A New South Wales farmer intentionally blocked traffic by riding his horse over the Sydney harbour bridge to protest legislation.
The farmer, Glen Morris, has said that he was protesting new laws that would make it easier for vegetation to be cleared, which he worries will decrease the quality of soil for farmers and ruin the environment.
See photos & a video of the protest below:
Designing With Steel
Steel is an underutilised and overlooked design material, particularly when it comes to building homes. It’s humble, it’s simple but it’s also strong and attractive.
The Underrated Material
One of the most compelling reasons to work with steel when designing a house is its physical properties. It’s resistant to termites, can’t be water damaged and doesn’t become misshapen with heat. We also galvanise our steel, which means it’s completely resistant to rust.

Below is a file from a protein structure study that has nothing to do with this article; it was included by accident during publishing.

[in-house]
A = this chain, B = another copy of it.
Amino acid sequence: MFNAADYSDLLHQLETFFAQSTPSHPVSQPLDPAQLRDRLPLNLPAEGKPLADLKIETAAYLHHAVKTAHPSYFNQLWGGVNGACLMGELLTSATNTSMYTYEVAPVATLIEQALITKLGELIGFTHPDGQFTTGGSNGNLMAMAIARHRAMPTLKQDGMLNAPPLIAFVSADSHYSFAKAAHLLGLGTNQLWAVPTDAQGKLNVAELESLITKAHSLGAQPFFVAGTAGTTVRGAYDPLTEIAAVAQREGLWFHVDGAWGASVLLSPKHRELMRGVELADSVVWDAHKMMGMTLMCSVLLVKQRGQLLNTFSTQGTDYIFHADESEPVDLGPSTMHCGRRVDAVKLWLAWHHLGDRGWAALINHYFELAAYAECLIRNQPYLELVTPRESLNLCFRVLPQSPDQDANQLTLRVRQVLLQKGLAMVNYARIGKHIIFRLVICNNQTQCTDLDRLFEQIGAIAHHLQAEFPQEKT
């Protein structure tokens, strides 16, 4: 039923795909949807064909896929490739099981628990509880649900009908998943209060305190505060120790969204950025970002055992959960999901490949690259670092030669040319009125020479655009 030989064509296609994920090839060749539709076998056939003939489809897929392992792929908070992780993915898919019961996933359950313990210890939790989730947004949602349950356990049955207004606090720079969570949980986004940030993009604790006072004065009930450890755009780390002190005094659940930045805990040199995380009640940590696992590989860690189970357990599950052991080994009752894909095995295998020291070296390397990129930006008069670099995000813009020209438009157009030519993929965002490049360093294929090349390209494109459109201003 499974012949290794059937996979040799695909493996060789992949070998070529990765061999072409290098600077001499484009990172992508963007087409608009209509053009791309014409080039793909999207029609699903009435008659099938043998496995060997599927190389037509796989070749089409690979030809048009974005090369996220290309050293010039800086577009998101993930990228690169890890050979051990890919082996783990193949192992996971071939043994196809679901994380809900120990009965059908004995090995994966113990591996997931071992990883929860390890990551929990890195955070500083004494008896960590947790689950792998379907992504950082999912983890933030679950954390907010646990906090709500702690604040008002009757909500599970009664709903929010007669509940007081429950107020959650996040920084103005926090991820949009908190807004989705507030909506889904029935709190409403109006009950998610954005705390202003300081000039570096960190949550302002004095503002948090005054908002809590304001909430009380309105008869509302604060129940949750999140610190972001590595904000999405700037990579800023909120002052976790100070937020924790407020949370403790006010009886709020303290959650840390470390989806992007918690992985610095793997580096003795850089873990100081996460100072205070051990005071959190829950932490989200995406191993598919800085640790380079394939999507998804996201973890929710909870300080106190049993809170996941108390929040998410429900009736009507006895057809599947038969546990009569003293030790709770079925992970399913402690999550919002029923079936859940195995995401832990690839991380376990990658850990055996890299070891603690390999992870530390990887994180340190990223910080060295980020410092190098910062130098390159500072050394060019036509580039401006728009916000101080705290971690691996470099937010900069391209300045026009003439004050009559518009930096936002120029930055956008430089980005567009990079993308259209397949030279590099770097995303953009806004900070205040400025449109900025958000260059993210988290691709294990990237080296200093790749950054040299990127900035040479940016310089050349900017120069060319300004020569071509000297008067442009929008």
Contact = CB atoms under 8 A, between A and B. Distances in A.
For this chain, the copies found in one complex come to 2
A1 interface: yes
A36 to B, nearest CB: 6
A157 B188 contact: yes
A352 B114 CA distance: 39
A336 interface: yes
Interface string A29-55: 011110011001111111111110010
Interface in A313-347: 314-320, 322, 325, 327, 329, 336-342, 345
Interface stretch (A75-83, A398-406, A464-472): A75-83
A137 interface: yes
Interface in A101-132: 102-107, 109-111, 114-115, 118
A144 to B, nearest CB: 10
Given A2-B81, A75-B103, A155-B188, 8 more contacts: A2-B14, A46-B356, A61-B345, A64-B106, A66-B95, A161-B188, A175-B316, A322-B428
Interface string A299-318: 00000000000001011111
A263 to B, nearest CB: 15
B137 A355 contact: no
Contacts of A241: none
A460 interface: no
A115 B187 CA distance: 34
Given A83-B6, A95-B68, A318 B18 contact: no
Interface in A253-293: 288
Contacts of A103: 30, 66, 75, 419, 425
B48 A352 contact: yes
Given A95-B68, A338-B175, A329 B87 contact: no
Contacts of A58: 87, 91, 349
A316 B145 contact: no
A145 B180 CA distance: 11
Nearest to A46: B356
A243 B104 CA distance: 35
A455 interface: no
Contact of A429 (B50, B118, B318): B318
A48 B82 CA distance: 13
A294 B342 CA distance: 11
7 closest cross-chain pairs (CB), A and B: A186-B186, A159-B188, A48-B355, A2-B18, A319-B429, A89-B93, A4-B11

Steel is also stronger than wood, completely recyclable and it’s resistant to fires. Steel framed homes make sense.
Steel is traditionally used for strong, simple structures that last a long time and do their job well. But it can also be used for complex buildings, which has pushed the form to new heights. It revolutionised architecture when it enables the building of high-rises, but it also has a place for smaller homes.
The building above is a bed and breakfast in Mt Buffalo. The simplicity and humility of the building suits the environment perfectly.
Steel can be combined with other materials, as seen in this home with wooden cladding.
It can also be pared-back to a low-insulation building to encourage a greenhouse warmth that allows plants and vegetables to flourish inside.
If you’re looking to create a unique home, with a memorable but humble personality, a habitable steel frame is the right decision for you.